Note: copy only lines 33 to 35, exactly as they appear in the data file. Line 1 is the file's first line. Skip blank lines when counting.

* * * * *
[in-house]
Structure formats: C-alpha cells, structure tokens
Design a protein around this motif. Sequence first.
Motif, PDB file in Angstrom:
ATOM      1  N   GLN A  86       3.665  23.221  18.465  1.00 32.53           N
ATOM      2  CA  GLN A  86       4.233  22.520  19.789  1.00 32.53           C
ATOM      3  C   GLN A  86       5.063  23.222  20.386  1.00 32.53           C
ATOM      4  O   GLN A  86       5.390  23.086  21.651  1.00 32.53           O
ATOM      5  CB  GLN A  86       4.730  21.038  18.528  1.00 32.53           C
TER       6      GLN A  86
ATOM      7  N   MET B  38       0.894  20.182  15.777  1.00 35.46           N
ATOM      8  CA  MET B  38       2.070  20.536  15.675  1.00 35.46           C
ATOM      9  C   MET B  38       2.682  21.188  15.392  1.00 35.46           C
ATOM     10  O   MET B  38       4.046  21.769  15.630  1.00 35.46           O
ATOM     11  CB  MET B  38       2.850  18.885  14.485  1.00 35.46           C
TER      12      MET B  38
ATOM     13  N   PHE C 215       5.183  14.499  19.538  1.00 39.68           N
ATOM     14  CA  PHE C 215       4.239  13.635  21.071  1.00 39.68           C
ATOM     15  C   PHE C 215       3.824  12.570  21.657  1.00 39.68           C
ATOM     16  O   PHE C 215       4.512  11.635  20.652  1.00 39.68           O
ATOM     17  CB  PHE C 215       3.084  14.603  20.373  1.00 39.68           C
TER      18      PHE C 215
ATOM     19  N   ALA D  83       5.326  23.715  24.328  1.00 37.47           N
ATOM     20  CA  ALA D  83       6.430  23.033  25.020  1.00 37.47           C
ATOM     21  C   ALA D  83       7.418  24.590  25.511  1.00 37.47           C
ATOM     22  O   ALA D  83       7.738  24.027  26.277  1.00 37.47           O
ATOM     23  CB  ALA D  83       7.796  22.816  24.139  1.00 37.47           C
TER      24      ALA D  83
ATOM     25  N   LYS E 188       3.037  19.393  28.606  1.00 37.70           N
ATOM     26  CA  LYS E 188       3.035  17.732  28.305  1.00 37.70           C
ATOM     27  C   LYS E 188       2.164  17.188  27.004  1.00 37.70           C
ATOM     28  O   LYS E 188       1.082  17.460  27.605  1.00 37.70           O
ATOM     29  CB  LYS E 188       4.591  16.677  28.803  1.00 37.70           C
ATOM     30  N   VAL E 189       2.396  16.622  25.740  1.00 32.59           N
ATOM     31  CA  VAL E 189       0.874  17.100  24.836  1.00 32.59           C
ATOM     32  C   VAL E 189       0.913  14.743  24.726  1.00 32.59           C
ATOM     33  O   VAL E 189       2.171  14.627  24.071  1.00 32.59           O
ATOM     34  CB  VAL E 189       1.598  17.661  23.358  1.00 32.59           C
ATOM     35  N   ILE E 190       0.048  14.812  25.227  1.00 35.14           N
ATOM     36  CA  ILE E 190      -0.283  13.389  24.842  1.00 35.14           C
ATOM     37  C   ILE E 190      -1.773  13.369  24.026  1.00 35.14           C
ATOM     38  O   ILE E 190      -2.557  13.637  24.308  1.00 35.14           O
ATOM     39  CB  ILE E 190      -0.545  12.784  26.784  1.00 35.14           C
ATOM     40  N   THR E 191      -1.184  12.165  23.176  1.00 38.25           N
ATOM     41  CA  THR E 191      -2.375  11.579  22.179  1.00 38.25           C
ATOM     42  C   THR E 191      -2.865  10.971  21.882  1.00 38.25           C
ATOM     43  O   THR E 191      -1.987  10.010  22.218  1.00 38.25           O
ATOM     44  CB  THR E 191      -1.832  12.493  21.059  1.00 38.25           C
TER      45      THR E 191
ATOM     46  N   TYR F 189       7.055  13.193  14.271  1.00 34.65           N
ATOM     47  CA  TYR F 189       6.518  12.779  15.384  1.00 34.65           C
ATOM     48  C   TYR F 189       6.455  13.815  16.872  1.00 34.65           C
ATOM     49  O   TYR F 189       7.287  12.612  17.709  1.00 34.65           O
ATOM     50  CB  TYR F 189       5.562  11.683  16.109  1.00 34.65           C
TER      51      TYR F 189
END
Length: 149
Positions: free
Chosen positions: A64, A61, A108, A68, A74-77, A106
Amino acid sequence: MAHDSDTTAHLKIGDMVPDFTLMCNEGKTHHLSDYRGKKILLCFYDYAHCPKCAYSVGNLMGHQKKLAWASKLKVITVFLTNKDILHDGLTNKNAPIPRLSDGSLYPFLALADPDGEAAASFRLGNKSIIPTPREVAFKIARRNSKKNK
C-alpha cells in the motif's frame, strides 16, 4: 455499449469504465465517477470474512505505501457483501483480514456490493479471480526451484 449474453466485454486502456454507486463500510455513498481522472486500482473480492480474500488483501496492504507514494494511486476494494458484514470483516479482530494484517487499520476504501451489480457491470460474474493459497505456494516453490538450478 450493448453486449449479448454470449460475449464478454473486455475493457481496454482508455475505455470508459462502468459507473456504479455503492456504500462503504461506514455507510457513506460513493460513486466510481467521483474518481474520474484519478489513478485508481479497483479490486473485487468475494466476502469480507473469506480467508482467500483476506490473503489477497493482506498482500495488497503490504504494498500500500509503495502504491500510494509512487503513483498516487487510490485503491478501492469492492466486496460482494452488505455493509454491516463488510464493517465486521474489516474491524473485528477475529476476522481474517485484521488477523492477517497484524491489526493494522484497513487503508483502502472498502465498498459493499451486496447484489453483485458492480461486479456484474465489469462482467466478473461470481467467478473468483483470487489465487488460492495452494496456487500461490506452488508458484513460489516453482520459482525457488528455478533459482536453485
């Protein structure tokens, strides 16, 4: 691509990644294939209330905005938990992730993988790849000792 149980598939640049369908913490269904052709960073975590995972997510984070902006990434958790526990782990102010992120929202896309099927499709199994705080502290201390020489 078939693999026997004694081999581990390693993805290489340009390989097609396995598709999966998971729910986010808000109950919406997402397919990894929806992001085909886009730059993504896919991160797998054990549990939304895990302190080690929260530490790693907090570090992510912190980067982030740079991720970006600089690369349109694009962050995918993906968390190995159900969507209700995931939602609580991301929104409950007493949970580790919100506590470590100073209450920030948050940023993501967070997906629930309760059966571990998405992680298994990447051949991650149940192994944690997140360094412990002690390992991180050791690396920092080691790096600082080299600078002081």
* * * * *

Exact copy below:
ATOM     29  CB  LYS E 188       4.591  16.677  28.803  1.00 37.70           C
ATOM     30  N   VAL E 189       2.396  16.622  25.740  1.00 32.59           N
ATOM     31  CA  VAL E 189       0.874  17.100  24.836  1.00 32.59           C